A powerful snap sounded in the air above her and Sarah fell to her knees.  Warm blood trickled down her chin from where she’d bit her lip and her body trembled with the effort of staying upright and silent.

“Vara,” she said, and winced at the quiver in her voice.  He would be unhappy about that.  “A base of Vara and then Mera and Tala in equal amounts combined and activated by a quick burst of Taan.”

“Correct,” he said, his voice too loud to ears over-sensitive from the assault of magic-noise.

Relief washed over her.  She had correctly identified the composition of the spell he had used on her.  He hadn’t said she’d done well.  He wouldn’t say that.  But correct meant she had not been wrong, and correct meant she would not be punished.

She stood with an effort.  Her legs felt like jelly but she willed them to support her.  She wouldn’t use magic to lend herself strength or ease the pain.  One of the worst punishments she ever received had been for doing that.

There had been times, so very rare that sometimes she was sure she’d dreamed them, when he had soothed her as her body twitched with pain.  Only when she had not failed.  When she failed, he hurt her, coldly vicious, and stood over her as she whimpered.

“You know the purpose of that spell?” he asked.

“Yes, the initial strike of pain weakens and disables and if maintained the pain would intensify and cause death in time.”

“How much time?”

“It would depend on many factors but it would not be quick.”

“But the noise?”

“You added that, it’s unnecessary.”

He didn’t speak for a time.  She knew she was right.  She had too much practice and too much fear of failure to be wrong.  And her body still trembled with the magic essences and the pain of it.  But his silence was always frightening, and he needed no excuse to hurt her.

“You are correct.  Now you will apply what you have learned.  Tonight, when his watch has ended, you will meet him as you planned and you will kill him with this spell.”

She dropped her eyes, though she knew he would see the tears.  They would please him.

“Yes, Matthew.”

“You may go.”

She dropped into a curtsy and left the room.  In her own bedroom, with the door closed, a wave of pain such as she’d never known stabbed through her breast and she fell, quivering, to the floor.  For once, it wasn’t a punishment inflicted.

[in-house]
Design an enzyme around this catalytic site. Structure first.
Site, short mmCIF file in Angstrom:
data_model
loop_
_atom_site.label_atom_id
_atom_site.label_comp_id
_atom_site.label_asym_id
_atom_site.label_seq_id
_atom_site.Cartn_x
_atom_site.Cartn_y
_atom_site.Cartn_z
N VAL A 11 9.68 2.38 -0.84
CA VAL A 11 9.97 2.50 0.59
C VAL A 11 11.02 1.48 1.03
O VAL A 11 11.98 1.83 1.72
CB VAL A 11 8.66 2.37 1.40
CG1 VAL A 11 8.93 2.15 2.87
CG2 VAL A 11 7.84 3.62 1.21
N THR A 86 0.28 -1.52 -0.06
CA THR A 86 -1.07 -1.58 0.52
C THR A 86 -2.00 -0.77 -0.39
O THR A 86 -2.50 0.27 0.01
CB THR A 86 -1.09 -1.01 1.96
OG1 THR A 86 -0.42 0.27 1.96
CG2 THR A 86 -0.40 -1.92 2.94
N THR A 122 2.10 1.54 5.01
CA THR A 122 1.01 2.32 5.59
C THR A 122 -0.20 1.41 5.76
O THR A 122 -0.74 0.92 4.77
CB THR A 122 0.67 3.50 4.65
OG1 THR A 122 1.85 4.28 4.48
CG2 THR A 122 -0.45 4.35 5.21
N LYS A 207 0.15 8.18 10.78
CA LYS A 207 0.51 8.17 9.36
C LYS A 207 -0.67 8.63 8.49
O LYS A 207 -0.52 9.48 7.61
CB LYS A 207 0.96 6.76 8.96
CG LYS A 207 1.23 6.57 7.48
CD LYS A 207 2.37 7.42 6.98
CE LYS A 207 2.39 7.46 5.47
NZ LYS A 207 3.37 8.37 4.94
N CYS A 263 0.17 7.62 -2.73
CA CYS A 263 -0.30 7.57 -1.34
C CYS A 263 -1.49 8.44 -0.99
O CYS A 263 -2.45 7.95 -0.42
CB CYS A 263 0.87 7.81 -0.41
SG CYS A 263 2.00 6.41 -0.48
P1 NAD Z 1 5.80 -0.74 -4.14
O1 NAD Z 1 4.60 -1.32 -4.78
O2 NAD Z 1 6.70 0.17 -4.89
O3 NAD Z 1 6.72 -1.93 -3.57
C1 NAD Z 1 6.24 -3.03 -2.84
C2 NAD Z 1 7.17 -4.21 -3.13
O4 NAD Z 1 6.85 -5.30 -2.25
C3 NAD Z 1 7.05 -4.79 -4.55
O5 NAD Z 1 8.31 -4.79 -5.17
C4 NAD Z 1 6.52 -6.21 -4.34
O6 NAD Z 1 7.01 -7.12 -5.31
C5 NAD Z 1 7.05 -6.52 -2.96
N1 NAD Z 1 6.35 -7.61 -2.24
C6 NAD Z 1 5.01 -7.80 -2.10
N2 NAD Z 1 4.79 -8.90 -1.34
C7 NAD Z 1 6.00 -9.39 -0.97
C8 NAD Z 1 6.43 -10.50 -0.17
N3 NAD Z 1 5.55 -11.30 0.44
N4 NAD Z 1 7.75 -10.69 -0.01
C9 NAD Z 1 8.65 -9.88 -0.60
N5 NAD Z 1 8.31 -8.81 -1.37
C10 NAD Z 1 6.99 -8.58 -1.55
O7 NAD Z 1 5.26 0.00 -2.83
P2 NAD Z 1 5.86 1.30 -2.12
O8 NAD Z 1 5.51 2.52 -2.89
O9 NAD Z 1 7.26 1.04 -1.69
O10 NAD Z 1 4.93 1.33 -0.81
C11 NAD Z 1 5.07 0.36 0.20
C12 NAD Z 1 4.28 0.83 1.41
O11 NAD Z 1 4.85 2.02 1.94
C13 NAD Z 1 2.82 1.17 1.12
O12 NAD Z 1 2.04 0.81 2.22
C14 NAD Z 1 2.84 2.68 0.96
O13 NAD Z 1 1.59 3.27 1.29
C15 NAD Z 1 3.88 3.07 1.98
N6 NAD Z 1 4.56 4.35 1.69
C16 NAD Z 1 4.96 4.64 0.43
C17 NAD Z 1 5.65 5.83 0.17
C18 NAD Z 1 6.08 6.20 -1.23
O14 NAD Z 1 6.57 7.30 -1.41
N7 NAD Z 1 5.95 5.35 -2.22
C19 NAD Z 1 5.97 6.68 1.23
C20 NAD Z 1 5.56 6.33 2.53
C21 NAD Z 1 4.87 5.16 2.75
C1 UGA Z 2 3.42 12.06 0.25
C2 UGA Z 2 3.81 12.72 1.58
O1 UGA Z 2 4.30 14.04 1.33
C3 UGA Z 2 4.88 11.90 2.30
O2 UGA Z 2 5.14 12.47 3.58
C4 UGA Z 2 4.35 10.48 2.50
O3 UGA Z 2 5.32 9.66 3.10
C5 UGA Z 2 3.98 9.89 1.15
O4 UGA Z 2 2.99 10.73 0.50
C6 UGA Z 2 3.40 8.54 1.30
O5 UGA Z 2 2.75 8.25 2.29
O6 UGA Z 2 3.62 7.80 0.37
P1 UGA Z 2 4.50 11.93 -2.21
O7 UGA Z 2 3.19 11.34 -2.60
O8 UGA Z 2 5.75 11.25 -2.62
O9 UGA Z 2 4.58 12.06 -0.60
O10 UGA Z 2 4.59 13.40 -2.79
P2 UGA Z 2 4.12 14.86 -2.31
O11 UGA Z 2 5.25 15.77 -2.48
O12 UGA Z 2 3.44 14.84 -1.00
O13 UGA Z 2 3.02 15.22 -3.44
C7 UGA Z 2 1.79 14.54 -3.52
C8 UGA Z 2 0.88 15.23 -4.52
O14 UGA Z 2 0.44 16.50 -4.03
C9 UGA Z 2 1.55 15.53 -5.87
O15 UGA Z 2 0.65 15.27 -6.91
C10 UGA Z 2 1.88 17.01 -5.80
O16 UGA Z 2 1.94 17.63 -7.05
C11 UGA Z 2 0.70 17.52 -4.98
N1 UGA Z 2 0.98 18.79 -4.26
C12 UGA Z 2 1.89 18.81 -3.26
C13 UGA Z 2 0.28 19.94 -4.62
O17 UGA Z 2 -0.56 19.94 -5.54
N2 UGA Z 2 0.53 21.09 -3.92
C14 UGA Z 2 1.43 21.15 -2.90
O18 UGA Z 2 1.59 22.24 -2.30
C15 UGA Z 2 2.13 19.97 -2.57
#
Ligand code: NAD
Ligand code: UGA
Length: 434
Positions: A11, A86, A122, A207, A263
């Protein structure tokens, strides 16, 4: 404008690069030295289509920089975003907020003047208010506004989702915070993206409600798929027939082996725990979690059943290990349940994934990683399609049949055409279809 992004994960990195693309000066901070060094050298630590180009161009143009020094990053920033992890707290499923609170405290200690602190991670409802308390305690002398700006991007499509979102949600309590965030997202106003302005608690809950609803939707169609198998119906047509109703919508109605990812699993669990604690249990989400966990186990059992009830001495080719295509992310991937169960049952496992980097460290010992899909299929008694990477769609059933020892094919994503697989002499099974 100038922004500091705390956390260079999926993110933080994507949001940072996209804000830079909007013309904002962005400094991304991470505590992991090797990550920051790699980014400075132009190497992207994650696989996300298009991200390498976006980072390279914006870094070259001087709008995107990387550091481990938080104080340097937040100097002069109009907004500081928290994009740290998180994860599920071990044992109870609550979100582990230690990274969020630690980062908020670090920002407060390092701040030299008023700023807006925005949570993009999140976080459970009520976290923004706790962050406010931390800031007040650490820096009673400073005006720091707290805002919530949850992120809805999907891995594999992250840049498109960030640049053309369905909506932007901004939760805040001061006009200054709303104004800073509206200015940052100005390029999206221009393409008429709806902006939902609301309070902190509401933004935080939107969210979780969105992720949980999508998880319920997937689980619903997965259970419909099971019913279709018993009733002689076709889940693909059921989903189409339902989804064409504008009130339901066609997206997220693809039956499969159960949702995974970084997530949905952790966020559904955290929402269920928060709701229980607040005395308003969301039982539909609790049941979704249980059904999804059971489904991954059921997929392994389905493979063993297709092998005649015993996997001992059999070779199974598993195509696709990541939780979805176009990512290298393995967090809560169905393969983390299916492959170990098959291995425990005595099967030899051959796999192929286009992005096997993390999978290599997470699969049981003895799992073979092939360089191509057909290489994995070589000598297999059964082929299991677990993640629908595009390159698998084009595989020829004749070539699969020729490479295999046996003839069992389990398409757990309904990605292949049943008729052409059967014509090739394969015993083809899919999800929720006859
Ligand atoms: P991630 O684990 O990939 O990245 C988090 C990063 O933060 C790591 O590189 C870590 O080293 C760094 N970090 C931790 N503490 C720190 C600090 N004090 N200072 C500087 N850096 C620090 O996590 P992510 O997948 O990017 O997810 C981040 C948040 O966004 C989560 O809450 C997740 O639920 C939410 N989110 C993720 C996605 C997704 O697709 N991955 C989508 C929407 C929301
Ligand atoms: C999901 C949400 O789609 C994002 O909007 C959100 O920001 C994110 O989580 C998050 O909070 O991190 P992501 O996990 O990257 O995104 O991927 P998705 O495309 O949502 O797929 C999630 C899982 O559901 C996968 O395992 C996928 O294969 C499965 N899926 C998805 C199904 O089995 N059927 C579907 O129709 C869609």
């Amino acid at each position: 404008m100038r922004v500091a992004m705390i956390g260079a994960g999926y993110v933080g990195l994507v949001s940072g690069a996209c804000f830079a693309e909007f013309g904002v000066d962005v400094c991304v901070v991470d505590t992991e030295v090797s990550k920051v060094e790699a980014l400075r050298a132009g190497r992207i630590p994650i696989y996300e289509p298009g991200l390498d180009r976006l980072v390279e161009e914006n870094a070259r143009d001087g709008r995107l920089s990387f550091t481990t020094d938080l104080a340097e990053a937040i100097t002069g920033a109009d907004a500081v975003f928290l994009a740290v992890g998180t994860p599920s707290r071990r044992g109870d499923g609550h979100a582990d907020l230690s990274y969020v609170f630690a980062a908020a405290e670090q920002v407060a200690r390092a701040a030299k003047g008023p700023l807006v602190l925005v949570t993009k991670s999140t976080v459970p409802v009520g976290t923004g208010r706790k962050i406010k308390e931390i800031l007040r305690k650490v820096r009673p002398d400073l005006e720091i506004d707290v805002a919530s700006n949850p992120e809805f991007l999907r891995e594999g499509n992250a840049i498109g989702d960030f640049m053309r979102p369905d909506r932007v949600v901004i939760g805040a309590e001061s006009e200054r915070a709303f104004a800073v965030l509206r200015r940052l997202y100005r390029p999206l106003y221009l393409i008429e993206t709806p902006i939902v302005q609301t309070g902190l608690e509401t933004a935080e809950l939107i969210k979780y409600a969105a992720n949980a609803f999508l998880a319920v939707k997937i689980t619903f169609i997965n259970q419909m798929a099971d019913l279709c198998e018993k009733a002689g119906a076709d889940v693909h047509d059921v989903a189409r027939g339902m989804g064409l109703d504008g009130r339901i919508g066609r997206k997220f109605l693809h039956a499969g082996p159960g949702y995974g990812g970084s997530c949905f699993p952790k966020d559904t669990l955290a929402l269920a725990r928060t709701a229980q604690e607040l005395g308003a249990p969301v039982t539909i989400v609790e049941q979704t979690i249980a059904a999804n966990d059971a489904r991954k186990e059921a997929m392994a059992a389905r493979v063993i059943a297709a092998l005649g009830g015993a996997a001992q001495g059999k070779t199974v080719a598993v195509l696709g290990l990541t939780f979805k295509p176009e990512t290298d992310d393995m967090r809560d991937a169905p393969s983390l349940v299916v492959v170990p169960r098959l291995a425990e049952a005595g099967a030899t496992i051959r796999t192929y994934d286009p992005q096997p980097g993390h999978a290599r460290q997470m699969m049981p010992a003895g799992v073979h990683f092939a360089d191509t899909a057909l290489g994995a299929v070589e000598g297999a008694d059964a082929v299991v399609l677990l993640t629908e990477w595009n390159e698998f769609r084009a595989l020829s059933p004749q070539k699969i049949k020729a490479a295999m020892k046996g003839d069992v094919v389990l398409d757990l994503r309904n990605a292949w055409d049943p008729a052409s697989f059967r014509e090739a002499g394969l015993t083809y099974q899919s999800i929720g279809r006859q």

Despair was more painful than anything they had ever done to her.


Moonlight streamed through the window of the tower room where she met him.  He was watching through the window – for her, no doubt – when she opened the door.  He looked up and his whole face lit with a smile.  Another piece of what little was left of Sarah withered and died.

She had known, hadn’t she, that they would find out eventually?  That she had a lover of her own choosing because she wanted someone who held her and kissed her and took her because he wanted to be with her and not because she was being trained in this as well.

He was such a beautiful boy, and so young.  Probably only three years older than she was in physical age but decades younger in all the ways that mattered.  It was one of the things she loved about him.  The curve of youth still on his cheek and the innocence in his eyes.

He came toward her and his arms went around her waist and he buried his face in her hair.

“Oh, darling,” he murmured.

She didn’t allow her body to betray her.  She melted into his embrace even though she wanted to push him away, to scream at him to run and never come back.

She lifted her face to his and kissed him tenderly.  He looked down at her with such wonder, such worship on his face.

She brought her lips to his again.  “I love you,” she murmured, her lips whispering against his.

He stiffened and pulled back just enough that she could see his face.  His eyes were wide.

And why not, at such a shocking declaration?  She was young, and beautiful, and heir to lands and titles and fortunes.  And what was he?

He was dead.

His body slid to the floor with the gracefulness she’d loved in him.  The life in his eyes was already gone.  It had been very quick.  She was accurate in everything she did.

She slid her knife from his breast and wiped it clean on her own skirt.  All of the other times she had used the clothes of her victim and what did it matter to them?  But this time it mattered, to her.

Matthew would make her pay for this, make her howl until she had no more voice and still he would hurt her.  She hadn’t failed, she had defied him.

She could have made the boy suffer, as she’d been told.  She could have made him die slowly and in terrible pain.  She knew she was capable of it.  So there was some victory in this.  That she had killed her lover quickly and painlessly not out of weakness, but by choice.

She stood and looked down at him.

One tear escaped and she brushed it away, not realizing that she’d replaced the tear track with a smear of his blood.